Huffington Post, April 2011
The Top Ten Artists To Watch
by Bruce Helander
Editor-in-Chief, The Art Economist; White House Fellow of the National Endowment for the Arts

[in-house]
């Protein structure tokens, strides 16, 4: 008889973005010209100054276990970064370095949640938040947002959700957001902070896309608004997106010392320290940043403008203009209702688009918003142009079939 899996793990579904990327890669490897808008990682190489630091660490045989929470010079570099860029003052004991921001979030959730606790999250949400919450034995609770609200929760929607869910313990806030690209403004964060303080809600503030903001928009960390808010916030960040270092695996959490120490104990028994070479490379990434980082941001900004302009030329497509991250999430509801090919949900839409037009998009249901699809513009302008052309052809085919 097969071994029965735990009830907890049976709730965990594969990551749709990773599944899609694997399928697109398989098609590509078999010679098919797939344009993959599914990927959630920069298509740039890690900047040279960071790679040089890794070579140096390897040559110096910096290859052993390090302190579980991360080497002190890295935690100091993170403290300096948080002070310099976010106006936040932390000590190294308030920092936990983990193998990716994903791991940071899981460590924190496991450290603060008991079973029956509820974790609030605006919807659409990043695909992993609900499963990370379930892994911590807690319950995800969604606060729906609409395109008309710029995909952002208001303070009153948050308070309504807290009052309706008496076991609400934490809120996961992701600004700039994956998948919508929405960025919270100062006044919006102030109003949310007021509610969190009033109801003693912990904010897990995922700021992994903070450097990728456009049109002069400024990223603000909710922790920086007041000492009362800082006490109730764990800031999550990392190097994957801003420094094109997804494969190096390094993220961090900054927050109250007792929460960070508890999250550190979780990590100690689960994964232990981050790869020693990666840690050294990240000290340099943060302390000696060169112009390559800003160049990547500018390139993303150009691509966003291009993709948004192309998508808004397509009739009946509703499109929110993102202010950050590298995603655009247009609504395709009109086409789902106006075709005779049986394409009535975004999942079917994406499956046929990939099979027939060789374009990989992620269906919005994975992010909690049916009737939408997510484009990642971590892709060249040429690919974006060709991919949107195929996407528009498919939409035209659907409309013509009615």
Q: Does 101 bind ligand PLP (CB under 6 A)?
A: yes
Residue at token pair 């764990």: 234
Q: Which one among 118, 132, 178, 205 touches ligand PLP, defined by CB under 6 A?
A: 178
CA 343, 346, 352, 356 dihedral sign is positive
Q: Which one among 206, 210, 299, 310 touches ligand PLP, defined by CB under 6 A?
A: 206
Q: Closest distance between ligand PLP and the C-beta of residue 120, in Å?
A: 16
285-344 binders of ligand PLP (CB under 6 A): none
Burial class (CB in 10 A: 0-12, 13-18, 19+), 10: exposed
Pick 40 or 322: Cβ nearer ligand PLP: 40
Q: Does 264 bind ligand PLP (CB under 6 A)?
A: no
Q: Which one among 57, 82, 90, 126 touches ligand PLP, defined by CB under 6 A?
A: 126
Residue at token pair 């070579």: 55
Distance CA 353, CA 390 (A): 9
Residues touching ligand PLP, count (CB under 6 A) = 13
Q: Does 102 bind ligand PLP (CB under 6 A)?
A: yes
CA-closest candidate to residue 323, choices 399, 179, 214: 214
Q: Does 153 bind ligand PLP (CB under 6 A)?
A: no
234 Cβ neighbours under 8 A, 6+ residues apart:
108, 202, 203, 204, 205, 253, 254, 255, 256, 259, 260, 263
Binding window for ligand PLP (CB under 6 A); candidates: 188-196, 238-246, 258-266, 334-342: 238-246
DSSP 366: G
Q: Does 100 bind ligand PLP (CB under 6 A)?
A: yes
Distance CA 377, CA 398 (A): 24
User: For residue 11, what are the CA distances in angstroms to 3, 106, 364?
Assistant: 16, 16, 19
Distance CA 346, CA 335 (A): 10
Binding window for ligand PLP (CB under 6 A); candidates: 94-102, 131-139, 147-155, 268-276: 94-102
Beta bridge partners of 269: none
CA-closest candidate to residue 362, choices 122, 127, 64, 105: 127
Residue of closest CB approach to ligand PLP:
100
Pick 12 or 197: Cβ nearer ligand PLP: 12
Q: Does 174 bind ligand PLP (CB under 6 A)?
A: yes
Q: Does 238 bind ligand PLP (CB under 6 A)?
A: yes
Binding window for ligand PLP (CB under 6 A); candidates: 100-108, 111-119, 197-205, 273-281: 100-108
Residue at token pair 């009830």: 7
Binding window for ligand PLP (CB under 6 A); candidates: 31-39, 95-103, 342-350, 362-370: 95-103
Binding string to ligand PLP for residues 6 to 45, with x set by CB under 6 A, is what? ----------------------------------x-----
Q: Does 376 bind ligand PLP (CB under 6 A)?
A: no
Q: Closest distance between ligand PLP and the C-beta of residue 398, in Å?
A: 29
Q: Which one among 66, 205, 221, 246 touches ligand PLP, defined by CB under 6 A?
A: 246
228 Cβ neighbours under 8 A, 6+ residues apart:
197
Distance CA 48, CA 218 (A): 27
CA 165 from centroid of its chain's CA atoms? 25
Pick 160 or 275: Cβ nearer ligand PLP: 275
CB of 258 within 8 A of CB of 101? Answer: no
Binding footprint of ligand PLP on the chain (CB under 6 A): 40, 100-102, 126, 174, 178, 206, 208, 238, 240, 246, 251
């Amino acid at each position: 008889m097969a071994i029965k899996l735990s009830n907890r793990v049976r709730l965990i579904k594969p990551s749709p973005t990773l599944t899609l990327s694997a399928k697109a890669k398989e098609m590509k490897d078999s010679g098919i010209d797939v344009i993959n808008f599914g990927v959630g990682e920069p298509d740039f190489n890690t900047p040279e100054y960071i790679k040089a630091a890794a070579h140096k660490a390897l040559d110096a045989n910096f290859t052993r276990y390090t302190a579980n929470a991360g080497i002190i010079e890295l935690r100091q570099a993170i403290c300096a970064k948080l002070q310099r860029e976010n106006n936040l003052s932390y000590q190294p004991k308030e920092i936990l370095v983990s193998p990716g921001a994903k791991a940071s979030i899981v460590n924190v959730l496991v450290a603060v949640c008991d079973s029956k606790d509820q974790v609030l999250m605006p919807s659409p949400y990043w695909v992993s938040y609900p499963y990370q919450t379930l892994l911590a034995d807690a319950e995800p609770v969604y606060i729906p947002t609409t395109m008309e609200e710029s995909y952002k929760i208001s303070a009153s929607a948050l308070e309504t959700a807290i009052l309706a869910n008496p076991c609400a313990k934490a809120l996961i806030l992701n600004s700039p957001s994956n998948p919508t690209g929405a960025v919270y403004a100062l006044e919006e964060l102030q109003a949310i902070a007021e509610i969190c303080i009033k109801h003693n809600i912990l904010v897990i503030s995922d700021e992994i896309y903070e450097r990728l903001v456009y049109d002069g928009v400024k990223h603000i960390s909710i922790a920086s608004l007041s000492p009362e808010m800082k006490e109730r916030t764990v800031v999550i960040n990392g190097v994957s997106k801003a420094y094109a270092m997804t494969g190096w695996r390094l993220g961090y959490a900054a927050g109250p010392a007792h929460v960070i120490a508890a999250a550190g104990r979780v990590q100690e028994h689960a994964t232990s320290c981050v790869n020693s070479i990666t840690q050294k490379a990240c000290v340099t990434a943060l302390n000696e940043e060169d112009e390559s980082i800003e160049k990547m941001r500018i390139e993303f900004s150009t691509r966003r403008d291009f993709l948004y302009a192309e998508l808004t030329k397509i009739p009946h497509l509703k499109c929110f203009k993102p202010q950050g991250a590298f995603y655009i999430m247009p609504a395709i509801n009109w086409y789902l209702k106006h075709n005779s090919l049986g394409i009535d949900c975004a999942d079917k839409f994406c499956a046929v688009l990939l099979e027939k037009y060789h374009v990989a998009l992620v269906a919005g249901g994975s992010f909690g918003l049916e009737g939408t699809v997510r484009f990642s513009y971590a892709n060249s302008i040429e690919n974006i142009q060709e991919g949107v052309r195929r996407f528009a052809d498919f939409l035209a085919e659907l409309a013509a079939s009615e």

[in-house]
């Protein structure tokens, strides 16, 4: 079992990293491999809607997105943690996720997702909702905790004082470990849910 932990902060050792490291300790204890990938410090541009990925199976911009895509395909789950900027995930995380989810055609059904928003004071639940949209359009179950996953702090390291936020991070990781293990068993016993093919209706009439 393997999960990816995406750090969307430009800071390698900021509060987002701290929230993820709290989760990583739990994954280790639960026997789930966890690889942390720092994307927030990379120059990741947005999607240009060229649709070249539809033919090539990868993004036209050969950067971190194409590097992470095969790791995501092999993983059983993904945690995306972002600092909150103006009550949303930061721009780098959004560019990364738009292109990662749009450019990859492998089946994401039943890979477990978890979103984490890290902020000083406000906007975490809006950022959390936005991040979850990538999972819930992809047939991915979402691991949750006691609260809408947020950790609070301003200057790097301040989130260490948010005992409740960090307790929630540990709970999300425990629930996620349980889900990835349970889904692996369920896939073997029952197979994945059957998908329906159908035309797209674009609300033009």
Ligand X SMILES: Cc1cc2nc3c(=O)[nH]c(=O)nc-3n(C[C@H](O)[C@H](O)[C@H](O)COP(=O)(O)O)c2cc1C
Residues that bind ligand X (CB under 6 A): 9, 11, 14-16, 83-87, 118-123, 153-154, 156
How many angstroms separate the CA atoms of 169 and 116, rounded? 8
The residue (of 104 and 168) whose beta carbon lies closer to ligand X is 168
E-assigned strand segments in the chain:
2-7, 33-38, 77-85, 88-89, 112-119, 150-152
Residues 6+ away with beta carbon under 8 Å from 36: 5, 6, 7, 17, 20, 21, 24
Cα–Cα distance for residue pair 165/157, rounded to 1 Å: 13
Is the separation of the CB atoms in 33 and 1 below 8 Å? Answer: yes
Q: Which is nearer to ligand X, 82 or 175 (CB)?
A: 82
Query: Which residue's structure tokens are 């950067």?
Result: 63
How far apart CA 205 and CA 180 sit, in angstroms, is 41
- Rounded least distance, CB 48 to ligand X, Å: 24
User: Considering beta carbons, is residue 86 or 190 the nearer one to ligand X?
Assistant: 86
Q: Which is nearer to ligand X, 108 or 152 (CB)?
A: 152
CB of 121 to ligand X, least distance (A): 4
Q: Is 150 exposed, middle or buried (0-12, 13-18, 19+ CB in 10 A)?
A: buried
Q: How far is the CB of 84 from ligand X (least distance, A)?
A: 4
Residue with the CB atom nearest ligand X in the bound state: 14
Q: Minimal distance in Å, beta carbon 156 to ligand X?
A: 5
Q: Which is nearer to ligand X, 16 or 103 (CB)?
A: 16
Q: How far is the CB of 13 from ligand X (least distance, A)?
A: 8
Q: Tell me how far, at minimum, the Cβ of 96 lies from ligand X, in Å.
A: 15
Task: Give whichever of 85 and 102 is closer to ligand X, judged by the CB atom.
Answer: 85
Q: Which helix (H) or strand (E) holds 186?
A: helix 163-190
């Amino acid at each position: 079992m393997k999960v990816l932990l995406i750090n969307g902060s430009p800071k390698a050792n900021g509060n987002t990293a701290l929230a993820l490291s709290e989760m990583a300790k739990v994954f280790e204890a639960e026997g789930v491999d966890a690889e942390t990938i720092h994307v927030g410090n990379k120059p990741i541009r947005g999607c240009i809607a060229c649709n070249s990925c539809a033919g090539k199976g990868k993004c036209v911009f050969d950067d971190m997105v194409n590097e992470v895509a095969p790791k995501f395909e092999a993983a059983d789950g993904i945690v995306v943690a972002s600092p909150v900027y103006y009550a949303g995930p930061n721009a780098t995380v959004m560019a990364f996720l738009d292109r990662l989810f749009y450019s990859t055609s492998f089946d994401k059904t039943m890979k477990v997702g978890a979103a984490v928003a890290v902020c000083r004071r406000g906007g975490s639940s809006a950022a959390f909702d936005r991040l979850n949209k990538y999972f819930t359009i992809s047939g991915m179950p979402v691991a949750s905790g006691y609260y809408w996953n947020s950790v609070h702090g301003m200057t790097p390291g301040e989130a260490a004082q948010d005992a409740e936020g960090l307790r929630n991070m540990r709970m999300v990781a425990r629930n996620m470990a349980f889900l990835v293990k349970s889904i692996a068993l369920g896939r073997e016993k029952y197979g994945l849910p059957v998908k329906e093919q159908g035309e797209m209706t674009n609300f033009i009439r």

HADIEH SHAFIE is a process-oriented artist who was born in Iran, where the bright-dyed colors of fabrics and paper of her native land have a strong influence on the artist's work. Her recent exhibit at PULSE/New York was an eye-catching web of mesmerizing circular shapes, wedged into one larger circle made from tightly rolled flat strips of vibrant combinations of pulsating forms. The eye popping variations start to develop as the artist methodically paints each piece of flat paper, and then cuts the large squares into smaller strips no more than about an inch. Each strip is then added to a core of other circular shapes that form an expanding rainbow. Hidden within each form is a single handwritten word in Farsi (Persian language), which is then bound tighter than a mummy's wrappings to protect its secret message for all time. In Shafie's "paintings," there are remote references to the famous targets of Jasper Johns and Kenneth Noland, as well as the Op art illusions of contemporary artists like Bridget Riley. A main ingredient of these paper scrolls, which may have a correlation to ancient manuscripts discovered in the Mid-East, is the significance of a time-consuming experimental process that involves animated repetition and time. There is a homegrown charm to these methodical, tightly knit and fit compositions that is an important part of the artistic method that is both performance and concealed document. If you can imagine drops of rain on a psychedelic pond hitting the water's surface all at once, it could serve as a backdrop to Sgt. Pepper's Lonely Hearts Club Band. Shafie is one of ten finalists for the prestigious Jameel Prize from the Victorian and Albert Museum (London).